Forum for Science, Industry and Business

Sponsored by:     3M 
Search our Site:

 

Thumbs up for child trust funds, but 18-year-olds urge controls on how money is spent

26.08.2005


The Government’s new Child Trust Fund, which helps children save a tax-free cash ‘nest egg’ for their 18th birthday, has broad support from political parties, state departments, think tanks and pressure groups alike, according to new research sponsored by the Economic and Social Research Council (ESRC).



However, today’s 18-year-olds want to see greater restrictions on how the money is eventually spent, says the study led by Professor Andrew Gamble of the University of Sheffield.

Under the scheme, begun in April, all children born on or after September 1, 2002, and qualifying for child benefit, will be given a savings account aimed at providing them with financial assets to draw on as they start out in adult life.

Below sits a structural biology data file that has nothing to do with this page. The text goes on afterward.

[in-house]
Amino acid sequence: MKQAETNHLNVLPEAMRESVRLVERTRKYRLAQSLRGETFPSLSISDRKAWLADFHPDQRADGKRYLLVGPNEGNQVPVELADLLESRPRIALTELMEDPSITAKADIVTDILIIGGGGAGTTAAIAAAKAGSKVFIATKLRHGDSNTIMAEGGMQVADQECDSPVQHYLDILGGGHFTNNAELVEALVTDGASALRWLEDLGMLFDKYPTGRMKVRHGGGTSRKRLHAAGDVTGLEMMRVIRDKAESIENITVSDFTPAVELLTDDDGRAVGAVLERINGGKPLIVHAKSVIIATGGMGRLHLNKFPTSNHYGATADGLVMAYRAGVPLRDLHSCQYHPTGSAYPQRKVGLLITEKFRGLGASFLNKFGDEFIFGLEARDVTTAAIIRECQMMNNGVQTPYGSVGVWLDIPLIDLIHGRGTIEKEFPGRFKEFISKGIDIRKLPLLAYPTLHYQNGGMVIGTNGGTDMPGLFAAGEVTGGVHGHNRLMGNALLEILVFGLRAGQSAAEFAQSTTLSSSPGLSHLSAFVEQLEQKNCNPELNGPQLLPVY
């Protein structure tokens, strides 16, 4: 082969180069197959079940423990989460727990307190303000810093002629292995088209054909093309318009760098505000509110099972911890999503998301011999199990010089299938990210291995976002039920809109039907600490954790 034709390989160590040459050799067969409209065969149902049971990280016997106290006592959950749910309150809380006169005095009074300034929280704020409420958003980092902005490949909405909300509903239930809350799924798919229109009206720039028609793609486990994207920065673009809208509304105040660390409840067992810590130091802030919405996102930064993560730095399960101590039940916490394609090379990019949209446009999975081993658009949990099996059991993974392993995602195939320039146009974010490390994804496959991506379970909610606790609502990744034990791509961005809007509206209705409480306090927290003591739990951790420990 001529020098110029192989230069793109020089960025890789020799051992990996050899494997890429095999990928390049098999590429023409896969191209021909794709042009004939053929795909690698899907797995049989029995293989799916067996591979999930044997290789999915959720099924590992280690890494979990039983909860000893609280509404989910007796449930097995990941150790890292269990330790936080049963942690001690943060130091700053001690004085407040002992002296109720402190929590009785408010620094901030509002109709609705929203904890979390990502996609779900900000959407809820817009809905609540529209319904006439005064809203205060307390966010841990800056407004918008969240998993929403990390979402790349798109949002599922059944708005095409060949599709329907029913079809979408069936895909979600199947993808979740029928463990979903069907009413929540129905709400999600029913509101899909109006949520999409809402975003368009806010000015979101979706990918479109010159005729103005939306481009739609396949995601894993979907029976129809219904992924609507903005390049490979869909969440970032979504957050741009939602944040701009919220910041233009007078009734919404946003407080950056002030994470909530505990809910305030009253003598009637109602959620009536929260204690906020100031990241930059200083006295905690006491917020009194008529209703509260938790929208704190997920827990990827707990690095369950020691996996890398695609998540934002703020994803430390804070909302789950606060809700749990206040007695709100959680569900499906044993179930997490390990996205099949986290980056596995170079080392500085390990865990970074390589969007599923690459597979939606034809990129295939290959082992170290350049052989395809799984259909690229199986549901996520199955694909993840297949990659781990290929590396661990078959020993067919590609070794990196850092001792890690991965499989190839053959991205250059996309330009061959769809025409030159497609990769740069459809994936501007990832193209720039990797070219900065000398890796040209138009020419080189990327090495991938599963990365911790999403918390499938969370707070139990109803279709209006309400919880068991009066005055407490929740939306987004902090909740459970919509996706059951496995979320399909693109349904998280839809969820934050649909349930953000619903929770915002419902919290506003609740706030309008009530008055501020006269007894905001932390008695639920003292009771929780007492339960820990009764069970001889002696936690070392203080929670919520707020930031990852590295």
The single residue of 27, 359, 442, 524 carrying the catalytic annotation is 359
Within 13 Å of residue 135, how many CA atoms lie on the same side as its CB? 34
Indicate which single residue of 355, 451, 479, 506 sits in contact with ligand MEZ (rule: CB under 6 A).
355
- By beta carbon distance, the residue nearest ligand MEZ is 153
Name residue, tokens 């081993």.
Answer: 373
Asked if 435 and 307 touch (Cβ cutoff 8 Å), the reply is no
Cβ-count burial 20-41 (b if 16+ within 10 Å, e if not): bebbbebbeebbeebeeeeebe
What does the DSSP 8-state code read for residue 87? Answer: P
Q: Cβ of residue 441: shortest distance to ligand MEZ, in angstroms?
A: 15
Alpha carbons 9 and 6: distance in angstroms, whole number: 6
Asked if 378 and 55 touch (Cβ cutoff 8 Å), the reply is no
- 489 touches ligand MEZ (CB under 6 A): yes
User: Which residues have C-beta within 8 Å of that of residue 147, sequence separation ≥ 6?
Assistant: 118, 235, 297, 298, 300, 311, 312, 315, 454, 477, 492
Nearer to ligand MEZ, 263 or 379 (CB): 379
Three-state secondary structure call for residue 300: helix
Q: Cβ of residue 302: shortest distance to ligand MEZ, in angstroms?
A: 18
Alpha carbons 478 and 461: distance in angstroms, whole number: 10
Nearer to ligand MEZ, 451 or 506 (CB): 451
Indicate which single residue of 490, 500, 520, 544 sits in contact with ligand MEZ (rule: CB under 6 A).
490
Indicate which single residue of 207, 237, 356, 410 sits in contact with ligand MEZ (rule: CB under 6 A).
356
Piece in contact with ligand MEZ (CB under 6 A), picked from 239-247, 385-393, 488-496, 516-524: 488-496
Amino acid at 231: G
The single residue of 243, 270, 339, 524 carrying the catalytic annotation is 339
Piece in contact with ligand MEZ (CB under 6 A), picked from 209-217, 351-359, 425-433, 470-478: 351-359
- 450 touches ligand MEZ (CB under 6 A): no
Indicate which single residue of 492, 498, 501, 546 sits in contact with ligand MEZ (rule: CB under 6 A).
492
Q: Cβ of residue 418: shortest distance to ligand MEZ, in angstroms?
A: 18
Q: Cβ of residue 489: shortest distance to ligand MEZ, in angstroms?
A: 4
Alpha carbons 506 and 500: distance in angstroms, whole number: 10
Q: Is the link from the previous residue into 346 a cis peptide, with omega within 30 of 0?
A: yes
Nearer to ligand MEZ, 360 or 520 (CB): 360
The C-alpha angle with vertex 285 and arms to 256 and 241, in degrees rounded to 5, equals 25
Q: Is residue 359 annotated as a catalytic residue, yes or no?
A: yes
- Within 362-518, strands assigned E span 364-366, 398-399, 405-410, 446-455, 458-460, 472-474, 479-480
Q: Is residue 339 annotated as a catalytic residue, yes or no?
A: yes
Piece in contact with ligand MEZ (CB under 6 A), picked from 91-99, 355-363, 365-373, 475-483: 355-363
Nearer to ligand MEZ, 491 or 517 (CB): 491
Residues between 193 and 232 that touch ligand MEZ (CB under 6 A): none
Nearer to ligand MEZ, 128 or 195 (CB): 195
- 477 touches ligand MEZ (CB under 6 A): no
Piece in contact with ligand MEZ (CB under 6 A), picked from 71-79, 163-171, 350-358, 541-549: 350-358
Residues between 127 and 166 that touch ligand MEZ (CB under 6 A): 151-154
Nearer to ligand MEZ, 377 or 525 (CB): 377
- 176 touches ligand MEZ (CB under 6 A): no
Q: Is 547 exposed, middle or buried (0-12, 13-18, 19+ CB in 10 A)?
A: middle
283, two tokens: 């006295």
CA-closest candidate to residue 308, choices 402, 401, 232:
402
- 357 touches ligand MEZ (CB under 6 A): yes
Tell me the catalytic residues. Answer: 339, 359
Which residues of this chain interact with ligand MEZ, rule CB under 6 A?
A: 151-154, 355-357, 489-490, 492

Each child will receive a free kick-start from the Government of at least £250, rising to £500 for families in receipt of full Child Tax Credit. They will get a further sum on their seventh birthday, though how much has yet to be announced.

Relations and friends can boost an account by up to £1,200 per year. When they are old enough, children themselves can learn the saving habit by adding money they receive as gifts or from part-time work.

Professor Gamble said: “The Child Trust Fund is important and unusual because it is the first new universal benefit for 50 years and the first capital grant scheme open to all anywhere in the world.

“The fund is also different because, unlike many government policies, it is long-term, with the money tied up for 18 years. It is clearly aimed at changing attitudes and behaviour.”